It’s been a week. I realize, increasingly, that this space is a good inverse litmus test of some combination of how overtly busy I am combined with how ruminative I’m feeling about my life in general. While ideas and thoughts of what things mean or feel like are percolating, I tend not to write much here. When things are feeling calmer and more distilled, the outpourings tend to inundate this page. And the past week has brought much reflection.
I wanted to hold back on writing this post, or something like it, until I’d ruminated sufficiently to draw some conclusions. But as is often the result of meaningful mental inquiry, the questions have only yielded a fractal chain of infinitely more questions, with very little hope of satisfying answers on the horizon. And so I’m inclined to reflect on bathing in the questions rather than hoping to sew things up in a neat little bow. Fair warning, though, by the end of this (whose final sentences I can’t begin to envision yet), I may find some trite little cap to put on it, but I doubt it will be as holistic or satiating as normal.
A lot went wrong last week. My car, Emily’s car, the gift car, the daily needly little reminder of my past life (just in case you need a reframing of what my emotional state constantly confronts), got hit by a hit-and-run overnight driver exactly a week ago, on the eve of our departure for the GW tournament in DC. My discovery of this, which happened at some point early Friday morning between, say, 1 AM and 7 AM, between my return from the debate meeting and my departure for more debate, was made by looking for a mirror that was bent all the way back the wrong way. Further investigation revealed significant paint leavings and denting on the front-left part of the vehicle, along with broken headlight pieces from the offending party, which I petulantly picked up and put in my trunk as though life were some sort of CSI show where forensic evidence could be traced (and as though a hit-and-run-fender-bender were sufficiently significant to merit utilization of such tracing). I care less about material possessions than most and far less about the prettiness of my car than anyone (average car-washes per year: 0.33), but it’s still the type of event that just makes you hate your species. I had no time to file a police report when having to keep a schedule to make the tournament, and have functionally kind of lost the will to consider same since. It’s already blended into my reality. Something about losing everything makes you a lot more comfortable with losing a little more without seeking recourse. One’s sense of justice kind of loses its bearings when one has confronted enough unfairness.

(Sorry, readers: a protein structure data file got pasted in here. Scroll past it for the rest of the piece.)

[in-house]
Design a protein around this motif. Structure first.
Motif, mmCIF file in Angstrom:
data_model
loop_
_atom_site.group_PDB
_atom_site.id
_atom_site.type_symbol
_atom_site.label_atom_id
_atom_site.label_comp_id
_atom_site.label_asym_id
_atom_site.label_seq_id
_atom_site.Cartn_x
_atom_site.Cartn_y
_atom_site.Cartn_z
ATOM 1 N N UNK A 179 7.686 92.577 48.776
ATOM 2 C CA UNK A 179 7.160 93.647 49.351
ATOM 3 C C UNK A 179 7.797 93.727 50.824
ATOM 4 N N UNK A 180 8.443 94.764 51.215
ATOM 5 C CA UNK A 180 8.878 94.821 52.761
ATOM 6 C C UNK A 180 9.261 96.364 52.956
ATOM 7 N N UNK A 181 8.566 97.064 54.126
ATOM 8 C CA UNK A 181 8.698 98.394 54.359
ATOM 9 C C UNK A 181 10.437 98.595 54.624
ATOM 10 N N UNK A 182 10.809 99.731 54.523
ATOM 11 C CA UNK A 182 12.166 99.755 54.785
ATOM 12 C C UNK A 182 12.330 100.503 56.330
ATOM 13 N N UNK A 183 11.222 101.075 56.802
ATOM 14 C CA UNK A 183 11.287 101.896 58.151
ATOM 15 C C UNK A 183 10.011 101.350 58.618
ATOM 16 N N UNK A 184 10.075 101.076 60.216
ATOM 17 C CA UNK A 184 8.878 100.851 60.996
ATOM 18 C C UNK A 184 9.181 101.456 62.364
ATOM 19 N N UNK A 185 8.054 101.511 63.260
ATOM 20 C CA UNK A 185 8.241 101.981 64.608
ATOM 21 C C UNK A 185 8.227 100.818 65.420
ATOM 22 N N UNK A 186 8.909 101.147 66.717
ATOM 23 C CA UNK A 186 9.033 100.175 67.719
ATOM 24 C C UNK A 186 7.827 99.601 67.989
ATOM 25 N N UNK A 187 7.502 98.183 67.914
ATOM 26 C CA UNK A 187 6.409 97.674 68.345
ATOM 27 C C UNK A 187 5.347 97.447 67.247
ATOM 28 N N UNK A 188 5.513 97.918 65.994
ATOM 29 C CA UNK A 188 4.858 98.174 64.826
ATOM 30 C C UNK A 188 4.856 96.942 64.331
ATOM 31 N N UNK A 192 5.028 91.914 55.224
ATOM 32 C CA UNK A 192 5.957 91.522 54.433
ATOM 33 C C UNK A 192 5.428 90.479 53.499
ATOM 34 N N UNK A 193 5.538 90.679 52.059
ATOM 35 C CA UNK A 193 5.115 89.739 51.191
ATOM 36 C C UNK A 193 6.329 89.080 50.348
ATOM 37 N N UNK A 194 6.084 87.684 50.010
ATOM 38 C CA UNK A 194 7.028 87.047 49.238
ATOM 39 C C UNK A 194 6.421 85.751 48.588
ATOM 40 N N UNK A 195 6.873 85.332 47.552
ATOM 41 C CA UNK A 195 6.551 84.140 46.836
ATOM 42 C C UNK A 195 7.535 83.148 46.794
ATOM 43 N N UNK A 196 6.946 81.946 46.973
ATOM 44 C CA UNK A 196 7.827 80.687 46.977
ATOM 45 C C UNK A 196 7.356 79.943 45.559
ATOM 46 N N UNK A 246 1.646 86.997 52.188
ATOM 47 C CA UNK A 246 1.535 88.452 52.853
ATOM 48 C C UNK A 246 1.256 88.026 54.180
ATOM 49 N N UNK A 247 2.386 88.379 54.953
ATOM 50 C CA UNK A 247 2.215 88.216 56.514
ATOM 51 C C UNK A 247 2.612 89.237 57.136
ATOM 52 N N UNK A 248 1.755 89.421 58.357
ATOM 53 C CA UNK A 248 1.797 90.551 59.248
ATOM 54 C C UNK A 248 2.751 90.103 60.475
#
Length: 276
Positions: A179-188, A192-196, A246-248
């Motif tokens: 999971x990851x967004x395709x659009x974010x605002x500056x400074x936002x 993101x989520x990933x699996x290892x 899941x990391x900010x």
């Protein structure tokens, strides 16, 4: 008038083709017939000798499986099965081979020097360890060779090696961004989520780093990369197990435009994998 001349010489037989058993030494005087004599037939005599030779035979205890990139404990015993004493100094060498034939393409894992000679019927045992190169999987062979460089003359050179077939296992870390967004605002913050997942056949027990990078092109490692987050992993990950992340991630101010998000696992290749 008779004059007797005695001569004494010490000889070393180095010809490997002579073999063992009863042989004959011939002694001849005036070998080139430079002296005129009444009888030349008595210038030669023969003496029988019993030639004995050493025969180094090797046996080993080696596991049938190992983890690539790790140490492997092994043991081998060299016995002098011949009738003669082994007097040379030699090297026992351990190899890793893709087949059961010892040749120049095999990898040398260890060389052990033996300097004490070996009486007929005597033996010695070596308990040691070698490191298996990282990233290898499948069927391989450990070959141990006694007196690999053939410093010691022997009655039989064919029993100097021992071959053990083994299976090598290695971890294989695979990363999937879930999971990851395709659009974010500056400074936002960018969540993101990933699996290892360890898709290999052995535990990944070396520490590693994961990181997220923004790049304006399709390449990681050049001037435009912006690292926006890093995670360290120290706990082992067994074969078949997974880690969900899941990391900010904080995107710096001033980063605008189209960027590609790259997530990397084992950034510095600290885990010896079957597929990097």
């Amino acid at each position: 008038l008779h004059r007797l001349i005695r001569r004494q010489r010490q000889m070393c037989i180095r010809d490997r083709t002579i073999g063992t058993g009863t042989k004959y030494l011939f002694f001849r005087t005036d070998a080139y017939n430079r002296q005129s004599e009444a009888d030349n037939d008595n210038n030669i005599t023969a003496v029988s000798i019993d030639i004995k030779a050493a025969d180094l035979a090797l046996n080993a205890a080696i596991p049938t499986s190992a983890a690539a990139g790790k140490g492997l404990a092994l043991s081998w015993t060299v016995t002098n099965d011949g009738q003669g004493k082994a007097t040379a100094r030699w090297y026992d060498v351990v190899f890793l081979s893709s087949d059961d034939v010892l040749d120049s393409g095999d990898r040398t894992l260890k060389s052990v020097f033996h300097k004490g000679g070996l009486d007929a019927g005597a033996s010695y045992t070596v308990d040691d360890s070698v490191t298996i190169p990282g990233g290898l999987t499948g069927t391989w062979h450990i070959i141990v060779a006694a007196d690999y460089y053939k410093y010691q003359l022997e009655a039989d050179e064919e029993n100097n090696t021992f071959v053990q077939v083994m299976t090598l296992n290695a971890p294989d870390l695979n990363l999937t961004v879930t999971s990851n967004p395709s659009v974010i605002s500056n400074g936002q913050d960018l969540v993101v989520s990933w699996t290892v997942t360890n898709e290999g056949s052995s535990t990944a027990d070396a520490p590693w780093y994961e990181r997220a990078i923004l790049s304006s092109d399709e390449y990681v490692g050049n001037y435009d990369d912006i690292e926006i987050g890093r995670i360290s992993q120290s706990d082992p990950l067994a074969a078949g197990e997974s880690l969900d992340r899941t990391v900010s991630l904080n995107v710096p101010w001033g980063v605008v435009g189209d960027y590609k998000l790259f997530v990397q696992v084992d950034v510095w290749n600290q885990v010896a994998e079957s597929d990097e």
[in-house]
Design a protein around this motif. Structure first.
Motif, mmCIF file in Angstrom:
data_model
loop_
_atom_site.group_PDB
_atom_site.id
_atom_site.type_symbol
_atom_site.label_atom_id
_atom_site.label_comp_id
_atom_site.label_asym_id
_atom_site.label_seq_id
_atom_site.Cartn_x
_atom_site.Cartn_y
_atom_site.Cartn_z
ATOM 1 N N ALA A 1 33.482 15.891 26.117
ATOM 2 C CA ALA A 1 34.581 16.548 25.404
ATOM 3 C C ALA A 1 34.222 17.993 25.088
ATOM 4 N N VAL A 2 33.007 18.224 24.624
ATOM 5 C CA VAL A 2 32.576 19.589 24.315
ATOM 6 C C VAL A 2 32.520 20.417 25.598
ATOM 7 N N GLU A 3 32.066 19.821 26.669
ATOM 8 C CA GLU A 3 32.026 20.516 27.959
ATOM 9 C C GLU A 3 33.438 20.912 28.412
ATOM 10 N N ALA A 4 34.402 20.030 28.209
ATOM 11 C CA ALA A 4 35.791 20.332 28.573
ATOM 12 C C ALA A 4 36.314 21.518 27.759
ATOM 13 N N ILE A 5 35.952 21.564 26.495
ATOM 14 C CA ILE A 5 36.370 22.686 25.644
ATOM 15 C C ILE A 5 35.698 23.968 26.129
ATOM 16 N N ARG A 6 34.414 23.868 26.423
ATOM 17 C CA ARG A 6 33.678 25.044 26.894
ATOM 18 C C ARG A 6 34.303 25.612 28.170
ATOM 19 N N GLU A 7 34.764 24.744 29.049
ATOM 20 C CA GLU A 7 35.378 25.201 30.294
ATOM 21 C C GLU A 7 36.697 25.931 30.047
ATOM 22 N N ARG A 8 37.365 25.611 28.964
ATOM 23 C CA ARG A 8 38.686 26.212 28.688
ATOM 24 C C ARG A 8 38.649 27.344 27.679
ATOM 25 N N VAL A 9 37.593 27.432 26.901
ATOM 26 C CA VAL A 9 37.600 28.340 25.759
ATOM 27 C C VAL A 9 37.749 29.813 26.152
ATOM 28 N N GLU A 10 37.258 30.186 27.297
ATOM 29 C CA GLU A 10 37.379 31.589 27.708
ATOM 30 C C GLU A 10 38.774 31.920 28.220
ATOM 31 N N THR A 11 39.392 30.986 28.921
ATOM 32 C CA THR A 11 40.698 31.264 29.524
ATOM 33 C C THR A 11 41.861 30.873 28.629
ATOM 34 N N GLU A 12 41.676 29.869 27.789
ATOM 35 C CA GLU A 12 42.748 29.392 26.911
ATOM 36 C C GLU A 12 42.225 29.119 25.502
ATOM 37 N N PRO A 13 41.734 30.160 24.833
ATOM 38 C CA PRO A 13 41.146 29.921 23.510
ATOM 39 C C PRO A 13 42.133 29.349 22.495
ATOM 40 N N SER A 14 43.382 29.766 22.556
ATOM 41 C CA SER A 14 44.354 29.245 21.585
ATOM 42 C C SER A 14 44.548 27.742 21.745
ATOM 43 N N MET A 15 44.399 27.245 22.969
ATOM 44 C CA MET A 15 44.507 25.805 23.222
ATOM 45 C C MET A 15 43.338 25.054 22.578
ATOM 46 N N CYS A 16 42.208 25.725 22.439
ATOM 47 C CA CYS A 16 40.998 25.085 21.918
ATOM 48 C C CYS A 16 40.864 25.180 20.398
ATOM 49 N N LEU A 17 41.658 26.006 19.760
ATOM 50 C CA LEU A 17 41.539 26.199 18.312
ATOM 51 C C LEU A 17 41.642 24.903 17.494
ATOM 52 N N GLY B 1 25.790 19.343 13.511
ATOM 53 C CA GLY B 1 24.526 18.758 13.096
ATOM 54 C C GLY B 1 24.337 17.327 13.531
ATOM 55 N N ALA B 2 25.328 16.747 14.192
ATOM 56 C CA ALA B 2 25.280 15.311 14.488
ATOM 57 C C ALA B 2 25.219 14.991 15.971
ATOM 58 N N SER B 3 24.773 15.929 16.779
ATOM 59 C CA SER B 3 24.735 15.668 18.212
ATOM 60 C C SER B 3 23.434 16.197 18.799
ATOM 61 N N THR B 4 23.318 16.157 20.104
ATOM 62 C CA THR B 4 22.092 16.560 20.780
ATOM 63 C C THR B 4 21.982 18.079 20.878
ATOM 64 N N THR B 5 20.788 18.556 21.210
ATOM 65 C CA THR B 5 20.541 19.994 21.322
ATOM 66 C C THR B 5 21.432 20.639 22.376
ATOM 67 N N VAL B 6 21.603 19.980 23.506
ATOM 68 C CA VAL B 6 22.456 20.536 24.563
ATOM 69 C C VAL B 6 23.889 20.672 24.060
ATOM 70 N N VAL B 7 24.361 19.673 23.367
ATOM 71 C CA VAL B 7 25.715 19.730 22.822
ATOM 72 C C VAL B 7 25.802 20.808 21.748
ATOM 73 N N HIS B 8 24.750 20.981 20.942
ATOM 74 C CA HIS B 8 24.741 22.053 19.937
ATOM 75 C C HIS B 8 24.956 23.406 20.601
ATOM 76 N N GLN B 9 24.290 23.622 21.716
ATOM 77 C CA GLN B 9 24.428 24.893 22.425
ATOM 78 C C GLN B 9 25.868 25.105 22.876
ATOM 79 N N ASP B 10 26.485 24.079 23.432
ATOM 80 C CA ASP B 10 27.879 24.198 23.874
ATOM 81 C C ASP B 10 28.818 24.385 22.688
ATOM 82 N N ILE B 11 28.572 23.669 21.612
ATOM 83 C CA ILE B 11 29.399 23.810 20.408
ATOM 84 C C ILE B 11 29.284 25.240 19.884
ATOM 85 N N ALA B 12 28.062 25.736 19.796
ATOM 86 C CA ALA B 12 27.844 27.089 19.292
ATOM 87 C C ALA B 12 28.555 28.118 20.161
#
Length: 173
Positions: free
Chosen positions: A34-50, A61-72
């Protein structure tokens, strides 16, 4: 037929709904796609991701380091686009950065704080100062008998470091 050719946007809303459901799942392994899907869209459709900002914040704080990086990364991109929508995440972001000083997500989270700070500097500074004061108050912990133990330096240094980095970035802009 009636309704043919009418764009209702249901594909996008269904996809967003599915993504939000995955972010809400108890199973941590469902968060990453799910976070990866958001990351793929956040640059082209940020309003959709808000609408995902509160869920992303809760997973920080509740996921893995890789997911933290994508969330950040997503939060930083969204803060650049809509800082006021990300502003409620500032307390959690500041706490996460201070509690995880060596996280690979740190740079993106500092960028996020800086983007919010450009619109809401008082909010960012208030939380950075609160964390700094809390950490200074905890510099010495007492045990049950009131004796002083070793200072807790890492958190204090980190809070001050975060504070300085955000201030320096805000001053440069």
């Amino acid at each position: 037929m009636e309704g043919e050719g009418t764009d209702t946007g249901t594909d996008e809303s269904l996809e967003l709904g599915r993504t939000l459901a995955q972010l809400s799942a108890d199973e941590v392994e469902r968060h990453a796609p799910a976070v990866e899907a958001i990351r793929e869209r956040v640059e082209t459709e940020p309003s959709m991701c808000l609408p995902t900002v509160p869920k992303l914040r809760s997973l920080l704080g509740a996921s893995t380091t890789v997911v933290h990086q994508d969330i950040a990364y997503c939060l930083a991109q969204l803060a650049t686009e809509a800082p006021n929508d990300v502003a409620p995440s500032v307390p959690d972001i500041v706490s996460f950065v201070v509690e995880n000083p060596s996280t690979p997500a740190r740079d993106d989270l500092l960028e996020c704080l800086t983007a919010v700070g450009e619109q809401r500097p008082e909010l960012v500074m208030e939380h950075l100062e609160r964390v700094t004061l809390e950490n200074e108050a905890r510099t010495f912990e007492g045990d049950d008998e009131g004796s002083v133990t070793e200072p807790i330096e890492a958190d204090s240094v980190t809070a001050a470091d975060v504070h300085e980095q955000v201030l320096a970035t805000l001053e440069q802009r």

Then one of our top debaters landed in the hospital in DC not once, but twice, facing a 103 fever and complications from dehydration and possibly bronchitis. I joined the waiting party for one of the two 5-hour late-night stints in the ER, envisaging flashbacks of my last big late-night ER waiting session and even the night I drove myself to the hospital with what proved to be kidney stones. Amidst the bleary off-lit reality of every hospital, the surreal pallor of medical danger and overtired health care professionals, I had time to reflect on how we enter and leave this society and the lives of those for whom this brink of death and destruction is as commonplace as debate has become again for me. The delirious walk back at 4 AM with the rejuvenated debater and our two cohorts felt like seeing between the lines of reality, peeking behind the webbing of the virtual reality and playing with the planes. And then of course I had a belly-punching kidney stone come in the next day, distracting me back almost out of any semblance of reality as I dealt with emotional upheaval of the vibrant community in which I am ensconced on all sides.